Thursday, October 16, 2008

The Composer Is Dead


Snicket, Lemony. 2009. The Composer Is Dead. Illustrations by Carson Ellis. Music by Nathaniel Stookey. (The book comes with a CD lasting just almost 58 minutes. The story itself comprises about thirty minutes of the CD.)

From the publisher:

The Composer Is Dead is a collaborative effort by the San Francisco Symphony, Stookey and Mr. Snicket, also allegedly known as Daniel Handler. The goal of The Composer Is Dead commission, book, and CD is to build upon the wild popularity of Mr. Snicket’s inventive humor and Stookey’s new score to introduce the orchestra to young listeners in an original and entertaining way.

The Composer Is Dead engages listeners with a gripping plot—in this case, a whodunit murder mystery—while the music and Snicket’s narration work together to provide an entertaining introduction to the instruments of the orchestra, in the vein of Prokofiev’s Peter and the Wolf and Britten’s The Young Person’s Guide to the Orchestra.

My thoughts: Wow. Maybe even super-wow. This may be the best "music-appreciation" book I've ever come across.

What is the story? An investigator (the narrator) is trying to solve a murder mystery. He is trying to figure out WHO killed the composer. Each of the instruments from the orchestra is being interrogated.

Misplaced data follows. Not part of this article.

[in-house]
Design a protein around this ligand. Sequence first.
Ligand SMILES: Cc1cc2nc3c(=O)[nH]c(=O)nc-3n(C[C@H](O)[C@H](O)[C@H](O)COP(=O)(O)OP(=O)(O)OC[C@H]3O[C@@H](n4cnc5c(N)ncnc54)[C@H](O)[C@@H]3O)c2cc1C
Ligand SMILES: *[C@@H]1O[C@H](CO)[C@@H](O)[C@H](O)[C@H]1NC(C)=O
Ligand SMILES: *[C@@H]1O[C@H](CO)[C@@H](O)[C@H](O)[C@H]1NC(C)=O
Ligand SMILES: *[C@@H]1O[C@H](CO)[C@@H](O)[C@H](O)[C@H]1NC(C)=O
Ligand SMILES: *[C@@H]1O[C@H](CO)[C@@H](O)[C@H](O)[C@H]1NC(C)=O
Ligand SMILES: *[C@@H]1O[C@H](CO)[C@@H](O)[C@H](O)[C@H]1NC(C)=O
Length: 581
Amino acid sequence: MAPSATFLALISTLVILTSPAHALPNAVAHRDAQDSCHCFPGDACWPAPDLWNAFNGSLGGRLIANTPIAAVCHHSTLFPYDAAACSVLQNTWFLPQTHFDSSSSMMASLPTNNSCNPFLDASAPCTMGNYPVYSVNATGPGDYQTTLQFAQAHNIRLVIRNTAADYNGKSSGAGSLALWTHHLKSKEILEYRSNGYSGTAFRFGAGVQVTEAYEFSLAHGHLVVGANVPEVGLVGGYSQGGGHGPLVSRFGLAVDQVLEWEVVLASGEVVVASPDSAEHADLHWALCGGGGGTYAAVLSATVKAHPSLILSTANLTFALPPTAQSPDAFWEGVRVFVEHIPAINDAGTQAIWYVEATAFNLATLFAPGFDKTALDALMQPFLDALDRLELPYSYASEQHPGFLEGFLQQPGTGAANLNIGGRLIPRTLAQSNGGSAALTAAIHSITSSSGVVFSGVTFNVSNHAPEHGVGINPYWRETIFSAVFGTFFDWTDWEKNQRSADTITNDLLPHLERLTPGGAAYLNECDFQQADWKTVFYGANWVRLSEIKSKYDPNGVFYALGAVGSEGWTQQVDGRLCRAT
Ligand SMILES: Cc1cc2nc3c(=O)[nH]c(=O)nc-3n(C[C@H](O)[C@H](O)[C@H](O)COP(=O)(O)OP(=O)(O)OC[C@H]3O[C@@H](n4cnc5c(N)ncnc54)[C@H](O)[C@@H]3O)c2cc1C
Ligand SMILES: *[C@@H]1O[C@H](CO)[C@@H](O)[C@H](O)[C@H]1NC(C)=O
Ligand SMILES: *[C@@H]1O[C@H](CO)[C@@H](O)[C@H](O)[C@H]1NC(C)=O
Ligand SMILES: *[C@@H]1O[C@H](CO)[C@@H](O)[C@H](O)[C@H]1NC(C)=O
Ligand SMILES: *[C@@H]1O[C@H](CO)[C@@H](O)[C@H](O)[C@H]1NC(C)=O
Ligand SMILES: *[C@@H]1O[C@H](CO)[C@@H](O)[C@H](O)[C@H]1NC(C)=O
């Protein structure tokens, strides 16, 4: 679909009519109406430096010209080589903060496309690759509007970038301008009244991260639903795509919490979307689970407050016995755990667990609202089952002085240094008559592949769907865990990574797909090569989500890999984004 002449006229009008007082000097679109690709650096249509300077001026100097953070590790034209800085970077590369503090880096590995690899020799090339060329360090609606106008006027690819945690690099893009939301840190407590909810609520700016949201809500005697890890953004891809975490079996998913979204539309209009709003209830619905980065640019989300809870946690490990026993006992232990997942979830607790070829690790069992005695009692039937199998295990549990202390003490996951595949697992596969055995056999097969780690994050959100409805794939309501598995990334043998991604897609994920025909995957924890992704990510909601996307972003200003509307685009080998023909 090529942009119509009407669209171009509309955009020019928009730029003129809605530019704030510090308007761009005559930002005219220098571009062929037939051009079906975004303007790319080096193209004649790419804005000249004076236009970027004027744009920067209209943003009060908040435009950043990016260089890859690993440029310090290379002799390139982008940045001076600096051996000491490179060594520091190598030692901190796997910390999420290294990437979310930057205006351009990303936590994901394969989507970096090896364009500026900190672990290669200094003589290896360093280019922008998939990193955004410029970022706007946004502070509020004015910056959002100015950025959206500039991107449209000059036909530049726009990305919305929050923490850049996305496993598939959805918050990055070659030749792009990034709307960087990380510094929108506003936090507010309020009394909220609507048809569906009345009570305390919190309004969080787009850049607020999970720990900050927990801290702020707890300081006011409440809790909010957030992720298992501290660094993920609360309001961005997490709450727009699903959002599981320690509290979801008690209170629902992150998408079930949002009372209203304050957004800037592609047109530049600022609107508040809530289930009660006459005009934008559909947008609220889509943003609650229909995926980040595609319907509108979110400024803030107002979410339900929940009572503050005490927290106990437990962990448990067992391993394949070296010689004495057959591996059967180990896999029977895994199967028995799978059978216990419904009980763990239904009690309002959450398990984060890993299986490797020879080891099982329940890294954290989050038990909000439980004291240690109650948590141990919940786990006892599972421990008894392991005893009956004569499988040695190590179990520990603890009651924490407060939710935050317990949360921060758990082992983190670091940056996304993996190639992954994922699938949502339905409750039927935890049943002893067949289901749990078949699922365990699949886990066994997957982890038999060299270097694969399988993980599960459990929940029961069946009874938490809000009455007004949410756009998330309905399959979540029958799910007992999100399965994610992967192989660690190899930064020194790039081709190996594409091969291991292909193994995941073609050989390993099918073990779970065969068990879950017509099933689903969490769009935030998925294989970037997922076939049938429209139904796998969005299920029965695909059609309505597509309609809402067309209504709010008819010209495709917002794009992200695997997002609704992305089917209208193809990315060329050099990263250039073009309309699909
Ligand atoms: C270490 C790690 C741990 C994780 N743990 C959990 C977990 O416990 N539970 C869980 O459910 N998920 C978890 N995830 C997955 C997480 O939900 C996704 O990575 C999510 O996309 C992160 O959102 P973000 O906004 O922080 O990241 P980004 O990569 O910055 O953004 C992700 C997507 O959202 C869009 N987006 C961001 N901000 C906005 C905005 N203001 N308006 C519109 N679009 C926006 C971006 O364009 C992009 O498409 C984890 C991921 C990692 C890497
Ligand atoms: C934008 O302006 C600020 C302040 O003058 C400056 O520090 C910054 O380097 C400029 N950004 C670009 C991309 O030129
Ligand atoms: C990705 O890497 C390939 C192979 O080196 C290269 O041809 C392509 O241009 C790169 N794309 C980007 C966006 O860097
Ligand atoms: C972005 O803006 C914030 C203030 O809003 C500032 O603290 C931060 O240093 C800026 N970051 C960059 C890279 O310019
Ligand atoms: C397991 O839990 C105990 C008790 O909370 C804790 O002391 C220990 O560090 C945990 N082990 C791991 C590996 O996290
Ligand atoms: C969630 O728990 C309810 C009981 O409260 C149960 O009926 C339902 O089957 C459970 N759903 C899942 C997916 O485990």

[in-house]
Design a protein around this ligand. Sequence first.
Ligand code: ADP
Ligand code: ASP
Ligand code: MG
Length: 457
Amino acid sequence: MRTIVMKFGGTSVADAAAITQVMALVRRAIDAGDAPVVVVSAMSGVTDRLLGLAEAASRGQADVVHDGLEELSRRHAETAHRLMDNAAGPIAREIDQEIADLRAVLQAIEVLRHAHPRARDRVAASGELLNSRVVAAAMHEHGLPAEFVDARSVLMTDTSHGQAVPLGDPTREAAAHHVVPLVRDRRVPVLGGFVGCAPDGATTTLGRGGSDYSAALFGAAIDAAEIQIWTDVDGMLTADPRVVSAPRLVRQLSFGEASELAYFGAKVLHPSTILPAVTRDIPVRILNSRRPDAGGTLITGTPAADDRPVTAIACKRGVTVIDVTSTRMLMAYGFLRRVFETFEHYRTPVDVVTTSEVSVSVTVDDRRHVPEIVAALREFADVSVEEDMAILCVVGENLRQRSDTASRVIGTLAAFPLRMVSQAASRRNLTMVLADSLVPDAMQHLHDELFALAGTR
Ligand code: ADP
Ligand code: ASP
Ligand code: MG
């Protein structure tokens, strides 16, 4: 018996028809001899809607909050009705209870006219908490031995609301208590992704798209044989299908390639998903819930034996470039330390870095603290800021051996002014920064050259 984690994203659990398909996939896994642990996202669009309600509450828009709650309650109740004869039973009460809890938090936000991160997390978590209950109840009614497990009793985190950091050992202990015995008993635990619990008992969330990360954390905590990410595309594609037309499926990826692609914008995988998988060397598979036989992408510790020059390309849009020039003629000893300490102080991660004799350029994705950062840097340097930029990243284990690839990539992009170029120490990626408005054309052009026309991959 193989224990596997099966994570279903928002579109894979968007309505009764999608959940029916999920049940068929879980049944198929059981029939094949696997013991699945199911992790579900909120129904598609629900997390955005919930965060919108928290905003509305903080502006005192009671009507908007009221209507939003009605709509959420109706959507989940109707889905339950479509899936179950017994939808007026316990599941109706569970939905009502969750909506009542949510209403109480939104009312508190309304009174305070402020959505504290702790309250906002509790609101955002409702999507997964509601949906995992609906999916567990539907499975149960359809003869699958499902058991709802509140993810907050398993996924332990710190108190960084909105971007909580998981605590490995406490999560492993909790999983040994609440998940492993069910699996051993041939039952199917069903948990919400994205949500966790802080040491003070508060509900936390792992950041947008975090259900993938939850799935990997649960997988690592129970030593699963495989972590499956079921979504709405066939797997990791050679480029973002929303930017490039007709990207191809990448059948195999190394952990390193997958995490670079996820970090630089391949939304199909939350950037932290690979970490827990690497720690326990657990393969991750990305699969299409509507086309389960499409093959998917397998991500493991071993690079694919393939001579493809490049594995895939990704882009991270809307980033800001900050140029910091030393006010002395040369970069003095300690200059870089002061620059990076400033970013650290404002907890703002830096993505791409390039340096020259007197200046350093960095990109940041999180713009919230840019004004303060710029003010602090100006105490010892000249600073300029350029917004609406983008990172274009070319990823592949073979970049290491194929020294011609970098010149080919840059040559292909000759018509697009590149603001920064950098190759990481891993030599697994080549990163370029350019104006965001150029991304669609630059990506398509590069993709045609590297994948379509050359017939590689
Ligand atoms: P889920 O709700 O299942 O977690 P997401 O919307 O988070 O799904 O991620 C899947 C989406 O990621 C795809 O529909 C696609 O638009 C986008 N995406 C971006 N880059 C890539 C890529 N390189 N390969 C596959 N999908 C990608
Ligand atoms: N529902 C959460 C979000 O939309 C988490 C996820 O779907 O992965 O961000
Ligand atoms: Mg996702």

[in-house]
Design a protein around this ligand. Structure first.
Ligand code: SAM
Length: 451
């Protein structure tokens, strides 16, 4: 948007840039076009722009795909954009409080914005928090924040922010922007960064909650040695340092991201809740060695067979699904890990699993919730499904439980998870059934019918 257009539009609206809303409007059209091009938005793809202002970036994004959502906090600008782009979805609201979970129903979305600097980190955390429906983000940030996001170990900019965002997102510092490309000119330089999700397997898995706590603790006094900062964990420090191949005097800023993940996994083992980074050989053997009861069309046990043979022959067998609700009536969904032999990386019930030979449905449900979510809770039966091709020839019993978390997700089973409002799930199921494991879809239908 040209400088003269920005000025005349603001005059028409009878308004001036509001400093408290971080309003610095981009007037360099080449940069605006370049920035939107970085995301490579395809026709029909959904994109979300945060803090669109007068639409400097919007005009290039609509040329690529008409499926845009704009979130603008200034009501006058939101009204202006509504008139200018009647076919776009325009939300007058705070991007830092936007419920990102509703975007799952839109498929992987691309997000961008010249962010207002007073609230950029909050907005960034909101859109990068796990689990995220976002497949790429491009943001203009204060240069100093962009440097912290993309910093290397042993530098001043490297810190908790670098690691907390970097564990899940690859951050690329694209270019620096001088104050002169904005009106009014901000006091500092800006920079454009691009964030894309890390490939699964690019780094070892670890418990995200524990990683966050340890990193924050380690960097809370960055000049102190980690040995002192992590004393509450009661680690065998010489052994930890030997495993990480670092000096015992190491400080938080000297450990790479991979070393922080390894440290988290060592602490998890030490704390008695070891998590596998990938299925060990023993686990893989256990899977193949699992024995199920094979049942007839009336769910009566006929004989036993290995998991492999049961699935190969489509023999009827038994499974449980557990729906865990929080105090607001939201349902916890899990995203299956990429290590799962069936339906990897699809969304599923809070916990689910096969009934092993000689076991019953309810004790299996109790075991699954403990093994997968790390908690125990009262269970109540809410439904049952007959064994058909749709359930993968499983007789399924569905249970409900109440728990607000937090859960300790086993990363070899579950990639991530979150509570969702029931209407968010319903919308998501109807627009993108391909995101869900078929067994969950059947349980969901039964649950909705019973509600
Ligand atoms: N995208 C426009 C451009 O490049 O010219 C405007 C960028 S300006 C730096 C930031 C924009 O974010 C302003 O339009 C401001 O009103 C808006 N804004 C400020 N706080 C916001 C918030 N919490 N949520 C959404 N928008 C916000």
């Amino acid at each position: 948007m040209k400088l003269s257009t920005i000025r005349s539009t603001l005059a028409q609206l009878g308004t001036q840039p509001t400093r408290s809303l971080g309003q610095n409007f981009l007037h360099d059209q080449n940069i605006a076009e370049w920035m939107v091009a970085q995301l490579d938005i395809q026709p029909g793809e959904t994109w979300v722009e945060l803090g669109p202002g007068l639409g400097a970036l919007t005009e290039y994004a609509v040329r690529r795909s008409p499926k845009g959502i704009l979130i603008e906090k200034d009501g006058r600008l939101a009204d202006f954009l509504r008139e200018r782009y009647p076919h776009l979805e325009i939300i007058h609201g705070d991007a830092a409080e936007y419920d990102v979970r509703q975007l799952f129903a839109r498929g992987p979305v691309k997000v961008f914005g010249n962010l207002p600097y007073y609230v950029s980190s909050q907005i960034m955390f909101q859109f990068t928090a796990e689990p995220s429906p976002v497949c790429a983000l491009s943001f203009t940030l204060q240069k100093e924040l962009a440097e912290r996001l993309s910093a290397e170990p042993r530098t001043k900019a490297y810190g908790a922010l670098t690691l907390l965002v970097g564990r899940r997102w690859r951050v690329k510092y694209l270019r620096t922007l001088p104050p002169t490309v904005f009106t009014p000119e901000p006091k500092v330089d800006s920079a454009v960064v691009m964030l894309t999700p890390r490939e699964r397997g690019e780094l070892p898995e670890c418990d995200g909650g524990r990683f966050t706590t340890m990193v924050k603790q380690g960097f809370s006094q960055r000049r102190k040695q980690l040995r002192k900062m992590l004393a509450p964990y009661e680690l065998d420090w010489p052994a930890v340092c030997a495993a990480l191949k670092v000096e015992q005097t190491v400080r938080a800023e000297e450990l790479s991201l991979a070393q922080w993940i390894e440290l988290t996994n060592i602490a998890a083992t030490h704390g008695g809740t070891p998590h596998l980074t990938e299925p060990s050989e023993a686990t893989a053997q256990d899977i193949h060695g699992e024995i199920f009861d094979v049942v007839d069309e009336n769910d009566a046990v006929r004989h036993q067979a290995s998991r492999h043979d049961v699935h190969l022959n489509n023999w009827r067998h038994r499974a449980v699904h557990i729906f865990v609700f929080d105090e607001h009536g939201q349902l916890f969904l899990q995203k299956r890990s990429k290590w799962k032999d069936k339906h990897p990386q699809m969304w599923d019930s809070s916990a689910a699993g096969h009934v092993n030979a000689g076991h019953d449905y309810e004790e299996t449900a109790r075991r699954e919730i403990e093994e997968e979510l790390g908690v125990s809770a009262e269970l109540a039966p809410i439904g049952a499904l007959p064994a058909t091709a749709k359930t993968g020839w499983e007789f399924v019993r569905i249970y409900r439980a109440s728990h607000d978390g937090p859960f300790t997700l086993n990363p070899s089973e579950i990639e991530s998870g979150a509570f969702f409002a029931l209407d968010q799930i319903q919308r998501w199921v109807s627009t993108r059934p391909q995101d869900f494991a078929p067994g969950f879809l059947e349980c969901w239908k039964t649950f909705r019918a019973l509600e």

"I will begin by interviewing all the usual suspects," the Inspector said. "Like all people in his line of work, this Composer had many enemies lurking in the orchestra. They can lurk all they like, but I will find them wherever they are lurking.
I will find them if they are lurking in the strings.
I will find them if they are lurking in the brass.
I will find them if they are lurking in the woodwinds.
I will find them if they are lurking in the percussion section.
I will find them wherever--wherever they are lurking,
I will find them!"


Each instrument is giving its time in the hot seat, and in the process readers can learn a bit about each--their sound, their purpose within the orchestra at large, etc.

If I had to pick a favorite, it would be the violas.
"Well, I guess that takes care of the strings," the Inspector said, "Oh--the Violas! I forgot all about you."

"Everyone forgets about us," said the Violas bitterly.
"We play the notes in the chords that nobody cares about. We play crucial countermelodies nobody hears. We often have to stay late after performances and stack up all the chairs. We spent last night feeling sorry for ourselves as usual."
This one is definitely recommended. I know I'm *mean* highlighting it now when it's not due to be released until MARCH 2009. But I just couldn't resist.

I've listened to this at least half-a-dozen times already, and I just *can't* get enough. Seriously. I wouldn't be surprised if I have this one memorized by the end of the week.

Did I mention that I love the illustrations by Carson Ellis? Well, I do. They're great.

© Becky Laney of Young Readers

1 comment:

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